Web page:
GPS Power Management - Reset Loop

Hi guys,

I'm hoping I can ask for some advice on how to best control power to my Adafruit Ultimate GPS Breakout using an N-channel MOSFET.

In the past, I've used the FQP30N06L N-channel logic-level MOSFET to turn power to the GPS on and off. This has been when I had the MOSFET's drain pin connected directly to my 4.2-5V battery. However, as I'm now looking to power my circuit from a 7.4-11.1V battery, I'd like to power the GPS directly from the 3V pin of my Adafruit Pro Trinket 3V. The Ultimate GPS notes that it has a minimum operating voltage of 3.0 V and a current draw of ~25 mA and the Pro Trinket's regulator can output a maximum of 150 mA. When I connect the GPS directly to the Trinket's 3V/GND pins it works fine. However, when I add the MOSFET and connect the circuit as shown below, my Pro Trinket enters a reboot loop as soon as the MOSFET is enabled. I have on hand two different N-channel MOSFETS: the FQP30N06L and the TN0702. I've observed the issue with both.

From researching this issue, it appears that the reset loop problem may be due to the voltage drop experienced by the Pro Trinket when the MOSFET is enabled and power is supplied to the Ultimate GPS. It sounds like the voltage drop may be triggering the ATmega328's brown-out detection and reseting the microcontroller.

When I replace the Adafruit Pro Trinket 3V with a SparkFun Pro Mini 3.3V this problem goes away. Could this perhaps be explained by the differences between the Pro Trinket's MIC5225 and the Pro Mini's MIC5205 regulator? It looks like the Trinket's 5225 has on average about twice the dropout voltage than that of the Pro Mini's 5205, though I'm unsure if this would be the cause of the problem.

Given that I'd like to continue using the Pro Trinket, I'm wondering how to best tackle this issue. Possible solutions I've seen involve slowing the power on/off cycles of the GPS, adding a capacitor to buffer the spike and/or using a high-side P-MOSFET.

If anyone may have any suggestions or pointers on what I might be doing wrong, I'd greatly appreciate it!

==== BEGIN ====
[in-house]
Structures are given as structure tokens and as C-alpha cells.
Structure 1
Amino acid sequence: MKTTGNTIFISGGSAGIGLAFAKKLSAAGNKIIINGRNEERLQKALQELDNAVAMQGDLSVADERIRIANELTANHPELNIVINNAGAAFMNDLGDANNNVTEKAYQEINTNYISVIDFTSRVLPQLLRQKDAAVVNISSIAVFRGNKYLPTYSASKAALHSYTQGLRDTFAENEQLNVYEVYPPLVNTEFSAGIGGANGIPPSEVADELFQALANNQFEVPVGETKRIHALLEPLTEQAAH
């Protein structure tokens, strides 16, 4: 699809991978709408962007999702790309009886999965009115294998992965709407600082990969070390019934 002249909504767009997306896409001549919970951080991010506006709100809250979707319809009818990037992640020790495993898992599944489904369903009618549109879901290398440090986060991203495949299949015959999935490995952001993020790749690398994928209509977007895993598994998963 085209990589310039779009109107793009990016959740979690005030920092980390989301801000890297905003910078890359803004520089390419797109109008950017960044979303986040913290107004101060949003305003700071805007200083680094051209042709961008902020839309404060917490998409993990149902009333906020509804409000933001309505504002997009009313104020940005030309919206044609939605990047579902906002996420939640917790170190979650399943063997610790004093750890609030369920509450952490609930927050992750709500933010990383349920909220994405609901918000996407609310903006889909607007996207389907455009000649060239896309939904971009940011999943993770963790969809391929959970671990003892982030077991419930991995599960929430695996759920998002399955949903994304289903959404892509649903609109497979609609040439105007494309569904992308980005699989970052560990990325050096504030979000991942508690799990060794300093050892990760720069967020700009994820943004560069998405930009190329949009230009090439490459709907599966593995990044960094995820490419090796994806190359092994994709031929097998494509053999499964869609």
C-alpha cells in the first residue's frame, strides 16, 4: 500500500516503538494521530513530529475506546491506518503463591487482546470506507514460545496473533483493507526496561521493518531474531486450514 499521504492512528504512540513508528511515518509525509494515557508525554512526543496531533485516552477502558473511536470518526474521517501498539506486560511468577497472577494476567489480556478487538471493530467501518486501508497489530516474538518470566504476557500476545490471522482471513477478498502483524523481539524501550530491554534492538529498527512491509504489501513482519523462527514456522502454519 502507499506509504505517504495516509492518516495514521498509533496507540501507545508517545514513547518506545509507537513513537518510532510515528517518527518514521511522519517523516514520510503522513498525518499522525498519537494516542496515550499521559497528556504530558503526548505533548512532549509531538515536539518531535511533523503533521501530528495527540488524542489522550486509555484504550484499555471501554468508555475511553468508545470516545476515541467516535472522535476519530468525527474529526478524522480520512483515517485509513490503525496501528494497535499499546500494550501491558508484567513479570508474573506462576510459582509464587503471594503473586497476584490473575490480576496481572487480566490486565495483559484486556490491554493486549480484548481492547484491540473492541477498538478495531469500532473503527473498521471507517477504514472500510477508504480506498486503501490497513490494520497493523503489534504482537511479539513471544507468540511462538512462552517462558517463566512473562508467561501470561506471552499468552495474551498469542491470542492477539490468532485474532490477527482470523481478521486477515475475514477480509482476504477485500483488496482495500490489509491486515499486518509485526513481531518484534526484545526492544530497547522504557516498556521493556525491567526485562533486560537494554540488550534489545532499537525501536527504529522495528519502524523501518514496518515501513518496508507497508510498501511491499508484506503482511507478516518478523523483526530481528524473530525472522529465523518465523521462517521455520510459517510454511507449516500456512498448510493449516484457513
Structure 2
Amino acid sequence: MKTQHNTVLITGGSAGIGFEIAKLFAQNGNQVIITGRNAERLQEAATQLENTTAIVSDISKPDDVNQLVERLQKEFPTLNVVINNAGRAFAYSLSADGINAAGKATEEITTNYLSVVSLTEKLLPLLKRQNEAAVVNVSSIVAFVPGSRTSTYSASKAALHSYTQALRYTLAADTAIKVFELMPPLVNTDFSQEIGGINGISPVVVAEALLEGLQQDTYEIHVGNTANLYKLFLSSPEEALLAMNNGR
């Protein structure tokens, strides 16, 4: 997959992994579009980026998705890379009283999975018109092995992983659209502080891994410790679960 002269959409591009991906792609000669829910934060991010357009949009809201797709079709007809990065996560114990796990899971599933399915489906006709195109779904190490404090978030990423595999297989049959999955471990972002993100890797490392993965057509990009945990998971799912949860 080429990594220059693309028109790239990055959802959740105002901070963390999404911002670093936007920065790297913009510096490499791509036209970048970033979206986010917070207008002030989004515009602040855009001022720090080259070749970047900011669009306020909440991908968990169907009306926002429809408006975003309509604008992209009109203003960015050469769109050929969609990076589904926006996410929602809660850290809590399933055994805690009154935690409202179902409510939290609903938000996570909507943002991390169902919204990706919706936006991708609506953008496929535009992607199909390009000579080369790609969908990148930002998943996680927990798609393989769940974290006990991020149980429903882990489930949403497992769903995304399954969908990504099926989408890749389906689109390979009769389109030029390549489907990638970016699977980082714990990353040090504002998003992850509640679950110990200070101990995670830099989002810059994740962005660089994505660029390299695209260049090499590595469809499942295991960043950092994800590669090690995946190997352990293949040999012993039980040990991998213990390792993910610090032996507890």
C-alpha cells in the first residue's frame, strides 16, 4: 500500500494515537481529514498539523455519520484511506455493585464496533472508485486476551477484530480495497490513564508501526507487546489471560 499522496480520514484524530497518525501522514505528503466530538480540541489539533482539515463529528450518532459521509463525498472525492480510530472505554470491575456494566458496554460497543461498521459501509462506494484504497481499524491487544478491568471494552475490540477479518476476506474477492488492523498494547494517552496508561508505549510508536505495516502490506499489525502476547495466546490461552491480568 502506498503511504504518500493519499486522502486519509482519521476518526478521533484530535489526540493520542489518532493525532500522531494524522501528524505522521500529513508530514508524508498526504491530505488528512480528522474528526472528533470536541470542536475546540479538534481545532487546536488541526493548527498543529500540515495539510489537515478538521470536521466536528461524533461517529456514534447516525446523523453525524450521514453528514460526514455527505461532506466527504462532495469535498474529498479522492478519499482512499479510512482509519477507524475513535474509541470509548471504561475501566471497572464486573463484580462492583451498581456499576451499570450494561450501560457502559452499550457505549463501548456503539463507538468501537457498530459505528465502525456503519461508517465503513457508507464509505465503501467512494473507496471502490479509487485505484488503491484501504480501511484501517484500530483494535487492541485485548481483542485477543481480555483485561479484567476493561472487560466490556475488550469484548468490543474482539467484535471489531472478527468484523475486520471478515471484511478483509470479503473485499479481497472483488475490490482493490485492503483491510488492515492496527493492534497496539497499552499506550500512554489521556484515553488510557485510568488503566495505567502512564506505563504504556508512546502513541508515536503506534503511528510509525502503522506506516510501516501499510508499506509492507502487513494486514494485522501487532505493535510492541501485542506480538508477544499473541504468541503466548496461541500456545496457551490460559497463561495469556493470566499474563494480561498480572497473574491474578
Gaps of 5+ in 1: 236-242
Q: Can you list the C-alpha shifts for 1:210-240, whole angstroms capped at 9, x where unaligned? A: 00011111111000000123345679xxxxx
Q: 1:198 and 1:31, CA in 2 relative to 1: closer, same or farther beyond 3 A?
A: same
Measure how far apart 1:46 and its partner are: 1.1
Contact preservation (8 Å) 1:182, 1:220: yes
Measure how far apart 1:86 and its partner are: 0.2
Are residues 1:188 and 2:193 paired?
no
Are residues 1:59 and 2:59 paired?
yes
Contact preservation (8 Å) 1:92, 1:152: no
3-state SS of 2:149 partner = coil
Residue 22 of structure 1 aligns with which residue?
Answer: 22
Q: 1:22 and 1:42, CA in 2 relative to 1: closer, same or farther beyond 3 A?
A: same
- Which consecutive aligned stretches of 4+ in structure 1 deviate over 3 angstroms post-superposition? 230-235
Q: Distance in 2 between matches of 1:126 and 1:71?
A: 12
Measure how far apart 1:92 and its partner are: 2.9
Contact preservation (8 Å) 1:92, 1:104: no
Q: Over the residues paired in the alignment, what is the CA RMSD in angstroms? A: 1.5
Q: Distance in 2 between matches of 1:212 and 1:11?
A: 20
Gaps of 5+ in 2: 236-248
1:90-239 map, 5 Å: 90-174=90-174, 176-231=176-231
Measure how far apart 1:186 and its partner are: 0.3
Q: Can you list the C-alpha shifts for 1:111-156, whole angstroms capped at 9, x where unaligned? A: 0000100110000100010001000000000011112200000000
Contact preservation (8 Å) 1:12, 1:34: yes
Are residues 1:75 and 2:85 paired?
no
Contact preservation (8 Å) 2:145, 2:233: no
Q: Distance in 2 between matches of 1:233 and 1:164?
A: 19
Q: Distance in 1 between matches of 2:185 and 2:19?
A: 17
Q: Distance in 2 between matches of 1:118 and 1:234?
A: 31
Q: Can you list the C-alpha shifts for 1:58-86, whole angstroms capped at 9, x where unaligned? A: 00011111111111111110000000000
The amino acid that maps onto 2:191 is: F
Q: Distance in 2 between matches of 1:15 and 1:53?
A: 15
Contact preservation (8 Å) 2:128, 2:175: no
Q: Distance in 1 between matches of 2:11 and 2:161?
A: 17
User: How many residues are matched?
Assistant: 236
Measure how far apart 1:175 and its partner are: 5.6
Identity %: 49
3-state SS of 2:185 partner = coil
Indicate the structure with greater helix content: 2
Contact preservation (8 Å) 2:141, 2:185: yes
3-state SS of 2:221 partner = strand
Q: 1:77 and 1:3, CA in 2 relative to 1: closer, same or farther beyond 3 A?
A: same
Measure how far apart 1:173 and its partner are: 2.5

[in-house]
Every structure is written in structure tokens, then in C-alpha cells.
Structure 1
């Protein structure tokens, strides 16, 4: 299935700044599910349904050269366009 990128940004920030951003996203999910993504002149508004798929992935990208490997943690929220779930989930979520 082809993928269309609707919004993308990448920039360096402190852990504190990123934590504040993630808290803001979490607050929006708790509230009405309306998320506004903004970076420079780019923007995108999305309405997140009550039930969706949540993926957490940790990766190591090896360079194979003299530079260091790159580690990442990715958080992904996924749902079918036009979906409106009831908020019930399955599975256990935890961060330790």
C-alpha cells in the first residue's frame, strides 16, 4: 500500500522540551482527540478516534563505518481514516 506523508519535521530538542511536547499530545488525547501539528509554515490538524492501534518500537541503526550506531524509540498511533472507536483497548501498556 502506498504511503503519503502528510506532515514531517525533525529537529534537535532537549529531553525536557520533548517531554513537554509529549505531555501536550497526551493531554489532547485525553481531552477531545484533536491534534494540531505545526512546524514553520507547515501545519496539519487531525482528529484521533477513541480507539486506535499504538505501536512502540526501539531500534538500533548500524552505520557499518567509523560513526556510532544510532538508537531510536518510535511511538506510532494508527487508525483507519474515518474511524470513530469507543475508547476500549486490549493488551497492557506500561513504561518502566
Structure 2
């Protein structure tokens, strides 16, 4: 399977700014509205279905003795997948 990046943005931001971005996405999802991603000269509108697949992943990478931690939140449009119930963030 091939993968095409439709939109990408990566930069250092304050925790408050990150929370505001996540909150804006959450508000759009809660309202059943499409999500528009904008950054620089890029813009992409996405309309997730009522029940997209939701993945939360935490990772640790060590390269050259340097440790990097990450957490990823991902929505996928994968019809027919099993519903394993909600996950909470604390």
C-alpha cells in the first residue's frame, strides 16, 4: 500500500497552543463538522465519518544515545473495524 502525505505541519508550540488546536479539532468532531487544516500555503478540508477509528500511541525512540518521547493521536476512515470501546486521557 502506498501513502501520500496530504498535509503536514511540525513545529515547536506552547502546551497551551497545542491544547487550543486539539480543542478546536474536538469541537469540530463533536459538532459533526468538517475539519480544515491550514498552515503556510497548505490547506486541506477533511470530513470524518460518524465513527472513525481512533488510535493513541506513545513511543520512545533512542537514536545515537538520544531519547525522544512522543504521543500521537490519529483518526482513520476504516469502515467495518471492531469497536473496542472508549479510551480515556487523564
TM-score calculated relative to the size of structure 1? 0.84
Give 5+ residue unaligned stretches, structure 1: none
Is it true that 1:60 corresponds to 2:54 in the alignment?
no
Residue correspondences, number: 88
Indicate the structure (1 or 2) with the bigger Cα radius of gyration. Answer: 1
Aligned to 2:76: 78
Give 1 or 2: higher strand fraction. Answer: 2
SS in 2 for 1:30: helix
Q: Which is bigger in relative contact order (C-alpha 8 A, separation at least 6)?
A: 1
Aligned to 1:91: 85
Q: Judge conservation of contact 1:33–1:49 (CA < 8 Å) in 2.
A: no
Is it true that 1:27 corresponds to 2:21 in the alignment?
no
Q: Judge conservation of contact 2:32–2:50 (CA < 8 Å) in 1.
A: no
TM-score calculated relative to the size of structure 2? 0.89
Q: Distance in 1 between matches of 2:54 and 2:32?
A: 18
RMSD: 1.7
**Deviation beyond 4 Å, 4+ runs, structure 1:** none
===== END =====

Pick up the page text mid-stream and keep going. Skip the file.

Cheers, Adam

|500x415

and/or using a high-side P-MOSFET

Yes, I would recommend starting there. It somehow looks cleaner switching a module high side. The datasheet of your mosfet does not specify switching behaviour at less than 5v. [Rds(on)]

Maybe with something like this: http://www.aosmd.com/pdfs/datasheet/AO3401.pdf

Maybe with a big capacitor somewhere between the Trinket's +3.3volt and ground. From the datasheet, it looks like there is only currently 10uF.

Maybe delay switching the enable pin on the GPS receiver after power up (if you have not already done this ).

If you look at the schematic here;

https://github.com/LoRaTracker/Locator2

You will see how I did it, the circuit slows down the rise time when switching the GPS on, which can as you have found cause a brownout. This circuit seems to be reliable.

With the Ublox GPSs you can put them to sleep with software, which avoids the need for a MOSFET switch. Not sure if this functionality exists with other brands of GPSs.

Don’t switch GND on an active device. This method is only suitable for devices with only 2 wires, such as a motor or light.

Pololu has some neat power switches that may be useful here.

Thanks all for the replies.

I had to push this issue aside to prioritize another project, but it's now at the top of my list of problems to resolve.

Based on the advice I received, I decided to pick up a P-Channel Logic Level MOSFET. I chose the NDP6020P, as it has a suitable Rds(on) for 3.3 V operation, low resistance, and comes in a TO-220 package.

When I connected the NDB6020P into my circuit (shown below), I discovered that the Arduino was still resetting itself when the GPS was turned on. Connecting my oscilloscope to the 3.3 V source revealed that when the GPS was turned on, the voltage would drop to ~1.7 V and the reset would occur immediately after. This was with a 220 Ohm resistor connected to the gate of the MOSFET. When I connected my scope leads to the MOSFET's drain/source I was able to measure that the turn on time was approximately 50 μs.

After researching this issue further, I came across another post of someone using the NDB6020P, which had a good suggestion by @MarkT to simply increase the value of the gate resistor to slow the switching of the MOSFET. So, I increased my gate resistor to 47 kOhm, watched as my turn on time increased to 150 μs and was pleasantly surprised to discover the Arduino didn't reset when the GPS was turned on! Out of curiousity, I increased the value of my gate resistor again to 100 kOhm, which further increased the turn on time to 250 μs and also seemed to fix the reset problem. With these higher value gate resistors, I put my scope leads back on the 3.3 V source, and measured the voltage dropping to only ~3.0 V when the GPS is turned on (~250 mV).

I'm happy to have found a relatively simple fix for my problem, but I'd like to be sure that I'm not creating further problems for myself, as I've read that there can be noise immunity issues (false triggers, etc.) with higher value gate resistors. I also believe adding a capacitor to the 3.3 V source could help to prevent the voltage drops when the GPS turned on, but I'm not sure how big of a capacitor I should use and whether it matters if it's polarized/non-polarized.